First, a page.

I was always overweight as a kid. I didn’t eat much, but that didn’t matter. Whatever I did eat made me fat.
In grammar school, I played sports and ran around with the other kids during recess, but I wasn’t full of energy. When we played tag, I was the fastest to get tagged and the slowest to tag someone else. After a couple rounds, I was exhausted.
I never wanted to get out of bed to go to school so early in the morning. If someone had told me homeschool was a possibility, I would have begged my parents for it. I always wanted to be able to run around like I was lighter than air. To jump rope or catch up with the other kids when they ran. I didn’t understand how people bigger than me were running marathons, while I could barely make it halfway around the track.
Searching for Balance
Several years ago, I did some marketing work for a client who was really into Ayurveda. She knew I was struggling with my weight and told me how to balance myself with an Ayurvedic diet.
She explained to me that in Ayurveda, universal life force manifests as three different energies, referred to as “doshas.” These doshas are known as Vata, Pitta, and Kapha. Though each person carries a combination of all three, one is usually dominant. The proportions of a person’s doshas change over time, and the energy fluctuates, based on environment, diet, climate, and even the seasons.
It sounded cool, but I wasn’t much interested. It was too much information to remember, and there were too many rules to follow. I thought it was just information that classified what I already knew: I was slow and heavy. At the time, I didn’t realize it was an ancient science of health and healing.
When I did an Ayurvedic self-assessment, my dosha turned out to be “Kapha,” which basically said I was slow and steady, much like a tortoise. I thought there was something wrong with those qualities being dominant. Wasn’t everyone supposed to zip around like a hummingbird? Since I associated being slow with being overweight, I expected my dosha to change when I lost the weight.
It didn’t. What happened was my Kapha energy became balanced. I remained slow and steady, but my metabolism sped up, and I had more vitality. Despite remaining the same, life was a completely different experience from the inside out.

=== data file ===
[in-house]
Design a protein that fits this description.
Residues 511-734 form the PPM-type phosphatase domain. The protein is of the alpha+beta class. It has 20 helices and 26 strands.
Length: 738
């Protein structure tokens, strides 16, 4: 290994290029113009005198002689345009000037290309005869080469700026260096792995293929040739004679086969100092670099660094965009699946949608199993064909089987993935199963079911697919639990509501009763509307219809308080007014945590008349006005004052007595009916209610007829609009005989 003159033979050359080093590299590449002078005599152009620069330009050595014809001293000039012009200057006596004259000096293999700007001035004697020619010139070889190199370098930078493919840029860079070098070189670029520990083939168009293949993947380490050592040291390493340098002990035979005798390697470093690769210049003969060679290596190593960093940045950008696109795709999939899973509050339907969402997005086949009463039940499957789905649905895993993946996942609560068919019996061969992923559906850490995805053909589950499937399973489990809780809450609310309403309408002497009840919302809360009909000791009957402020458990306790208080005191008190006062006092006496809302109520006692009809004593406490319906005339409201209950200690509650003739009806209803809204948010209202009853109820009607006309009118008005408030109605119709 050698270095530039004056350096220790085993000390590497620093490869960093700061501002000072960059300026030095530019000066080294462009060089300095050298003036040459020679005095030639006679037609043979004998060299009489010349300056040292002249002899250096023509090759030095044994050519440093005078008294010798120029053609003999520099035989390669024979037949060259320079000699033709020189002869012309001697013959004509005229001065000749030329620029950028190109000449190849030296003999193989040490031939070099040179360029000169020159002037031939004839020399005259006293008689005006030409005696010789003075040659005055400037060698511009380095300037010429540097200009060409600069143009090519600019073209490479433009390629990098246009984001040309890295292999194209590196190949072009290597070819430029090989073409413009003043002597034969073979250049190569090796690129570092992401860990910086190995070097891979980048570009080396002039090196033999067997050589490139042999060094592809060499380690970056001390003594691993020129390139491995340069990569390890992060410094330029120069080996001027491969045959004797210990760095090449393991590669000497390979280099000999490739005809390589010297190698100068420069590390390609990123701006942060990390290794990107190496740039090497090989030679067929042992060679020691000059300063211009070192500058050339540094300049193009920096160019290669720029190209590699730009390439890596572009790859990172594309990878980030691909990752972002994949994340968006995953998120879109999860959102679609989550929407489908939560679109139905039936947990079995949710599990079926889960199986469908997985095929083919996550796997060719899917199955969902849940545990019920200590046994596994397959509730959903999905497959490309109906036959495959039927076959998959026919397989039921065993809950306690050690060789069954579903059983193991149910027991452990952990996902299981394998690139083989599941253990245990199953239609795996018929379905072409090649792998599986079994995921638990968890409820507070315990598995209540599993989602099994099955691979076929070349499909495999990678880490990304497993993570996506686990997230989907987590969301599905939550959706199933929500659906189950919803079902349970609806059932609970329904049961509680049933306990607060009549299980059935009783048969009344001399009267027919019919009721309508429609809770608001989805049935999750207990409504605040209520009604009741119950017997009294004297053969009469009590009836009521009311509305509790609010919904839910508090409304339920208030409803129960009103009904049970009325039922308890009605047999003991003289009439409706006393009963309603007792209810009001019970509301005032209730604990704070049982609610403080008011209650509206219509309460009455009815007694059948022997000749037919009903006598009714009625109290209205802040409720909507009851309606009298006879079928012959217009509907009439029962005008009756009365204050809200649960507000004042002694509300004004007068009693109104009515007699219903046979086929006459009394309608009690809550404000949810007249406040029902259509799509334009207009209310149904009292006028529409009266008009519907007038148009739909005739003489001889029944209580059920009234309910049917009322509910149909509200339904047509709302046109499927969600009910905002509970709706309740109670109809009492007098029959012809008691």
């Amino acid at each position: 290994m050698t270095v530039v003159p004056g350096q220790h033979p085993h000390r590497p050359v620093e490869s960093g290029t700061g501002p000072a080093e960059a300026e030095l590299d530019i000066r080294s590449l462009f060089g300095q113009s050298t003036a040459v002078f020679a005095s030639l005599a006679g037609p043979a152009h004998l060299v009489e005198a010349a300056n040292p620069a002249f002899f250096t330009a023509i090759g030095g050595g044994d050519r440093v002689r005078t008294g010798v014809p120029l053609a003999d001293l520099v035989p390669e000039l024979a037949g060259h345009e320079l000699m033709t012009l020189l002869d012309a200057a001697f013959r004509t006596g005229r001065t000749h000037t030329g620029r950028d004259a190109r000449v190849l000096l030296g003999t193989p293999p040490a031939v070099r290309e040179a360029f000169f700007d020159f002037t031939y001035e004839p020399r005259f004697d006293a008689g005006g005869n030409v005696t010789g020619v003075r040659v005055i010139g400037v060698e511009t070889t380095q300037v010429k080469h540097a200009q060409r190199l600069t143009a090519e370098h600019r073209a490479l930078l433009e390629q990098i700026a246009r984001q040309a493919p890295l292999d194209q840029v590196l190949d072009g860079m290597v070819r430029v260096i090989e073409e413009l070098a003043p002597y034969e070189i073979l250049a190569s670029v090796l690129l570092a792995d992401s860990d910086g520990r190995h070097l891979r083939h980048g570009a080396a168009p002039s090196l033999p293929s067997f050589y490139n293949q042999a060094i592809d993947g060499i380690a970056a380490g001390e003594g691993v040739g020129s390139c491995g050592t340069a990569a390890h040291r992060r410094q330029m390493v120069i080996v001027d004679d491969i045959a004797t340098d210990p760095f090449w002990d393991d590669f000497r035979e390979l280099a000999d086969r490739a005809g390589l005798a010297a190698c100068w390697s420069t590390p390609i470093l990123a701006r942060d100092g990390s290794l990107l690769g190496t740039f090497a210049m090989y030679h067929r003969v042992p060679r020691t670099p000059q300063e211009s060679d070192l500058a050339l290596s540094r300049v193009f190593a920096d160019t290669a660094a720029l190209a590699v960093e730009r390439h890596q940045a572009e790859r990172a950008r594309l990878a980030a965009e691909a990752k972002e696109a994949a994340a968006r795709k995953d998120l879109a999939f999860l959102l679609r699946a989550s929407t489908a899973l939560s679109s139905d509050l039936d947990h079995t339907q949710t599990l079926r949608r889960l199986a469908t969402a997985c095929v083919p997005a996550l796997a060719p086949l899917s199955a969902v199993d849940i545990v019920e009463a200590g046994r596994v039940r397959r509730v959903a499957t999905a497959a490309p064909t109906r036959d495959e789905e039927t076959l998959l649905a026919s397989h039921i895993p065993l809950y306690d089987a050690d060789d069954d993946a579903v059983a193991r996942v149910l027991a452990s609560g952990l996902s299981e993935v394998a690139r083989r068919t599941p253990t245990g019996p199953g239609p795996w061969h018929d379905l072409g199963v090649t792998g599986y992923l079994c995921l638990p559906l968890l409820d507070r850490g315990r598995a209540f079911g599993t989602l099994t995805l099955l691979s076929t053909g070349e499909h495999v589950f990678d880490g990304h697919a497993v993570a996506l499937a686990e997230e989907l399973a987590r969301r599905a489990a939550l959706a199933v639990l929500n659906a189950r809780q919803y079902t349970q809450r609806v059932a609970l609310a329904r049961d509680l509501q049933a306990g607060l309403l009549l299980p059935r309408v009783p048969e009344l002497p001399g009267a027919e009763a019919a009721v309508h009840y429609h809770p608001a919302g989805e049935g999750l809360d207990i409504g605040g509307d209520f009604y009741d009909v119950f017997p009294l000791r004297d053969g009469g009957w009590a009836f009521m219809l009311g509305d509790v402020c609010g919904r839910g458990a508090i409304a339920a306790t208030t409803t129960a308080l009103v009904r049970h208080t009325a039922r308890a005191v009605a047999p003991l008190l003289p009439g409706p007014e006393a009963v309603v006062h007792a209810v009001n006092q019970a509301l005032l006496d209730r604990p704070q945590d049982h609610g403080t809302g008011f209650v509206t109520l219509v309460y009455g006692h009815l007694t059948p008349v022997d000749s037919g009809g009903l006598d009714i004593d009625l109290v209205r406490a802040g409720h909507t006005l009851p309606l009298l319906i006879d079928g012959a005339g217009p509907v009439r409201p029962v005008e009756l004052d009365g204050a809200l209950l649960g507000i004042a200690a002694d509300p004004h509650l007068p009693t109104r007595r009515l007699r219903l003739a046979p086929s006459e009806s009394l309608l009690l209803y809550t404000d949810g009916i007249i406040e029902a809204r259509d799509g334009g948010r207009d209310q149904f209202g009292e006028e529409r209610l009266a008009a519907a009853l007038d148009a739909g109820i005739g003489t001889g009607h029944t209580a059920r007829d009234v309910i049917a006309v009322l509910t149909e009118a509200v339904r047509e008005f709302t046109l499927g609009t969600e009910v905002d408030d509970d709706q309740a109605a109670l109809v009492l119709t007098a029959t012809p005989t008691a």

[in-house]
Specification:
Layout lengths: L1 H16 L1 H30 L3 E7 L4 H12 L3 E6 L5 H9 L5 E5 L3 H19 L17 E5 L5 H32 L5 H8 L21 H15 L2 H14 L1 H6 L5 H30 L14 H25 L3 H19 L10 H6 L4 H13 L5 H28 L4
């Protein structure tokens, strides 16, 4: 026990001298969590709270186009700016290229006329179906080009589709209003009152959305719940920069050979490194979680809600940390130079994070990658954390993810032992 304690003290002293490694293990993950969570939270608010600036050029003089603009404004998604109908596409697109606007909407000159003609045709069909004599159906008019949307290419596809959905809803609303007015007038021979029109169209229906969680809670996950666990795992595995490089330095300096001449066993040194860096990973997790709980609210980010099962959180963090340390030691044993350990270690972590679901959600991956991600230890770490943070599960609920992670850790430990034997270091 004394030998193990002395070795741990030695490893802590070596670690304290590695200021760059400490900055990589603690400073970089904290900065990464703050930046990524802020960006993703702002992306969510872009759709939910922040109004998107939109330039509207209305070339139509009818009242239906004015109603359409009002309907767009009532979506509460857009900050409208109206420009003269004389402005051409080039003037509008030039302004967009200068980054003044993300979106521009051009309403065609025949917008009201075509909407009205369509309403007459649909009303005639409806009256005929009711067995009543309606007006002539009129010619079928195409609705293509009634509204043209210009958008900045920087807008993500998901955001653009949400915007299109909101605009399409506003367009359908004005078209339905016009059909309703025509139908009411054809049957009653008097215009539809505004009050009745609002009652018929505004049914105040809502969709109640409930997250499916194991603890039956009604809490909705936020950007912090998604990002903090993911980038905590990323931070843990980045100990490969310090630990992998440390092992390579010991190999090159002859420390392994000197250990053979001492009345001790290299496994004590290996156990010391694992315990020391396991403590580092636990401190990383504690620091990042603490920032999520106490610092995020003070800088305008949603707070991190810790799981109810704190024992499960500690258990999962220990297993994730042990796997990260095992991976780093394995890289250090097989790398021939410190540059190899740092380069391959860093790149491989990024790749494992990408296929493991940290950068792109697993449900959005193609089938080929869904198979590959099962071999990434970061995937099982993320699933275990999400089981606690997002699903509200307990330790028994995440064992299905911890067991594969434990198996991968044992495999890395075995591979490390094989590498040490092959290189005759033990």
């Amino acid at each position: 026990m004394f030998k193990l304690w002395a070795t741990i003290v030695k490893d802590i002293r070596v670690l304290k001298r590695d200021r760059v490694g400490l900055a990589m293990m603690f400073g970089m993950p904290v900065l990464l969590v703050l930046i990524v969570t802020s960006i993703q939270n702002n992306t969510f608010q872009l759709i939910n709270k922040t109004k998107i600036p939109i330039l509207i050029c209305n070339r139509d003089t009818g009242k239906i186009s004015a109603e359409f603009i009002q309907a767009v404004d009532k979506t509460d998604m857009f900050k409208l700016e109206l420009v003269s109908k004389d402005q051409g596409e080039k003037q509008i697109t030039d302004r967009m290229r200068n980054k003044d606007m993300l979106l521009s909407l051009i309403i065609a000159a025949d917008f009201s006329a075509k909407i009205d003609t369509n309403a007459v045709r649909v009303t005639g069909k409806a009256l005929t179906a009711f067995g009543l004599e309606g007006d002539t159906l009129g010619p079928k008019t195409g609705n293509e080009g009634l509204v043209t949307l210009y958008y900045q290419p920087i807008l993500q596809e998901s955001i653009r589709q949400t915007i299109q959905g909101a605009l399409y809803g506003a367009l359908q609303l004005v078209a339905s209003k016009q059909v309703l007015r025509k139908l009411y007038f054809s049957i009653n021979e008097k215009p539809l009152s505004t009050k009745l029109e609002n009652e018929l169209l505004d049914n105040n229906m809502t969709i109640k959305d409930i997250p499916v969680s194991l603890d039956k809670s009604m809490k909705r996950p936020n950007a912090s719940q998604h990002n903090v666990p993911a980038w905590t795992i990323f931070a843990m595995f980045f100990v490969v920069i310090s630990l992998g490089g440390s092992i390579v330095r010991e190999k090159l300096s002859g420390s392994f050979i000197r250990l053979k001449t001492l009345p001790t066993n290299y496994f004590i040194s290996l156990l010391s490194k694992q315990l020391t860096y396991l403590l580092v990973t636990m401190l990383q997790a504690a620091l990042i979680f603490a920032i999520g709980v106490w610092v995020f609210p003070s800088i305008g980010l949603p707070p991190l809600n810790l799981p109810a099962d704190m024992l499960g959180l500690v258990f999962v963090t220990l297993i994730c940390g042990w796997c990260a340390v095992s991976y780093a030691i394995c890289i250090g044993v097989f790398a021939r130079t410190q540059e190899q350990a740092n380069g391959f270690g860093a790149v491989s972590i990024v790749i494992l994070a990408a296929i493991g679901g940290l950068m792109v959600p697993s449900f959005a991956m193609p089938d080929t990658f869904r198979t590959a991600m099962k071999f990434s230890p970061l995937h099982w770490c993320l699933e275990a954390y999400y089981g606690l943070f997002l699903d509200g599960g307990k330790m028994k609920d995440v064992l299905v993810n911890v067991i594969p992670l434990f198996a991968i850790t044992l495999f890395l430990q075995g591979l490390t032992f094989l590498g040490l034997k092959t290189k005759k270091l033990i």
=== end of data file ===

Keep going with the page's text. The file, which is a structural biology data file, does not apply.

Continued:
Balancing my Body with Nourishing Foods
Ayurvedic foods are a staple for me these days. Sure, they taste great, but they also keep my body balanced, especially during the dry seasons. Since my dosha is primarily kapha, the winter tends to be a bit harsher on me than on others.
Of all the foods I enjoy during winter, butternut squash soup is at the top of my list. It’s tasty and warm, and it balances the dryness of vata brought by winter. You don’t have to be a kapha to benefit, either. The dry seasons can take a toll on everyone, regardless of dosha. Although your grandmother’s recipe for butternut squash soup is probably fine, to get the full benefit you need an Ayurvedic recipe – such as Art of Living’s recipe for vata-calming butternut squash soup. You’ll notice ghee is used instead of butter, as well as turmeric, cumin, ginger, and cloves.
The other ingredients might seem minor, but the differences are what make Ayurveda effective. (If you’re on a Sattvik diet, you’ll want to avoid the garlic and onions.)
Ghee is one of the most important ingredients in Ayurvedic recipes. Although it’s made from butter, it’s not interchangeable with it. Ghee is essentially clarified butter. It’s made by boiling butter until all the water evaporates and the milk solids dry out, and all that remains is refined butter-fat. Traditionally, ghee is made not with store-bought butter, but from milking your cow in order to make your own butter to turn into ghee. Ancient Ayurvedic texts state that ghee should be consumed daily to “strengthen the mind, memory, intelligence, and decision making.” Ghee also stimulates digestion and is good for the throat, voice, and complexion.
In my experience, experimenting with Ayurveda has helped me to stay balanced, healthy, and full of energy, even if all I want to do is curl up on the couch and read a good book.
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